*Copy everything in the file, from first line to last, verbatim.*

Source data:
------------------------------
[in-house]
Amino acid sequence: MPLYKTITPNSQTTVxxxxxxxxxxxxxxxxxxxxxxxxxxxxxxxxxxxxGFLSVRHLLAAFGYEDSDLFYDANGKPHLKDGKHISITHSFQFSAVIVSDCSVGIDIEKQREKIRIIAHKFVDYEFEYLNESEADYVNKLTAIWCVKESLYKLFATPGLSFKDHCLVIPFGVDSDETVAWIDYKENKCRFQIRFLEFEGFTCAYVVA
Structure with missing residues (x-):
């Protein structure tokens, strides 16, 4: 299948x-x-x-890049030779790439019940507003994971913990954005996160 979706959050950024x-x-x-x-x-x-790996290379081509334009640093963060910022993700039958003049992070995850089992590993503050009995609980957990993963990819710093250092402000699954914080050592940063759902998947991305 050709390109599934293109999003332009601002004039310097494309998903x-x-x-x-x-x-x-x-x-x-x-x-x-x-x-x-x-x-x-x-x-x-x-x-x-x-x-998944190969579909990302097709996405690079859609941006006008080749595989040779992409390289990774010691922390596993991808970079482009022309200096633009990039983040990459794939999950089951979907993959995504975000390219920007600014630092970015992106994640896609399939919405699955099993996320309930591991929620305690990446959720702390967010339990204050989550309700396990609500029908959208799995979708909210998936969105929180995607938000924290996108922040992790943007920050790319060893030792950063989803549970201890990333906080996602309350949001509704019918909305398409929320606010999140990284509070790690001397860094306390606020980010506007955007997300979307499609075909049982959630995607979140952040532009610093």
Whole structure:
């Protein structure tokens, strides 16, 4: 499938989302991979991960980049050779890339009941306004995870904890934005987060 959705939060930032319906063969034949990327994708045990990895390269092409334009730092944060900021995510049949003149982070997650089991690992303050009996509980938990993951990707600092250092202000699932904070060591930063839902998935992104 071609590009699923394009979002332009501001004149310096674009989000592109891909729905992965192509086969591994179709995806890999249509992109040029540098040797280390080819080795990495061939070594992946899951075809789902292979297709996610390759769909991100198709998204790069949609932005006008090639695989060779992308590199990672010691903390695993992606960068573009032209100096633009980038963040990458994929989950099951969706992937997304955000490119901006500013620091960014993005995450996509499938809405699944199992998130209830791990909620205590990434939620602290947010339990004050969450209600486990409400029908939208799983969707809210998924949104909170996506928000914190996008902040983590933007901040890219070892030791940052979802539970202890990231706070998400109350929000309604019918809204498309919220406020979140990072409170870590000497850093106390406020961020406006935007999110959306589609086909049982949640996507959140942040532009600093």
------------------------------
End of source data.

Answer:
[in-house]
Amino acid sequence: MPLYKTITPNSQTTVxxxxxxxxxxxxxxxxxxxxxxxxxxxxxxxxxxxxGFLSVRHLLAAFGYEDSDLFYDANGKPHLKDGKHISITHSFQFSAVIVSDCSVGIDIEKQREKIRIIAHKFVDYEFEYLNESEADYVNKLTAIWCVKESLYKLFATPGLSFKDHCLVIPFGVDSDETVAWIDYKENKCRFQIRFLEFEGFTCAYVVA
Structure with missing residues (x-):
């Protein structure tokens, strides 16, 4: 299948x-x-x-890049030779790439019940507003994971913990954005996160 979706959050950024x-x-x-x-x-x-790996290379081509334009640093963060910022993700039958003049992070995850089992590993503050009995609980957990993963990819710093250092402000699954914080050592940063759902998947991305 050709390109599934293109999003332009601002004039310097494309998903x-x-x-x-x-x-x-x-x-x-x-x-x-x-x-x-x-x-x-x-x-x-x-x-x-x-x-998944190969579909990302097709996405690079859609941006006008080749595989040779992409390289990774010691922390596993991808970079482009022309200096633009990039983040990459794939999950089951979907993959995504975000390219920007600014630092970015992106994640896609399939919405699955099993996320309930591991929620305690990446959720702390967010339990204050989550309700396990609500029908959208799995979708909210998936969105929180995607938000924290996108922040992790943007920050790319060893030792950063989803549970201890990333906080996602309350949001509704019918909305398409929320606010999140990284509070790690001397860094306390606020980010506007955007997300979307499609075909049982959630995607979140952040532009610093």
Whole structure:
């Protein structure tokens, strides 16, 4: 499938989302991979991960980049050779890339009941306004995870904890934005987060 959705939060930032319906063969034949990327994708045990990895390269092409334009730092944060900021995510049949003149982070997650089991690992303050009996509980938990993951990707600092250092202000699932904070060591930063839902998935992104 071609590009699923394009979002332009501001004149310096674009989000592109891909729905992965192509086969591994179709995806890999249509992109040029540098040797280390080819080795990495061939070594992946899951075809789902292979297709996610390759769909991100198709998204790069949609932005006008090639695989060779992308590199990672010691903390695993992606960068573009032209100096633009980038963040990458994929989950099951969706992937997304955000490119901006500013620091960014993005995450996509499938809405699944199992998130209830791990909620205590990434939620602290947010339990004050969450209600486990409400029908939208799983969707809210998924949104909170996506928000914190996008902040983590933007901040890219070892030791940052979802539970202890990231706070998400109350929000309604019918809204498309919220406020979140990072409170870590000497850093106390406020961020406006935007999110959306589609086909049982949640996507959140942040532009600093």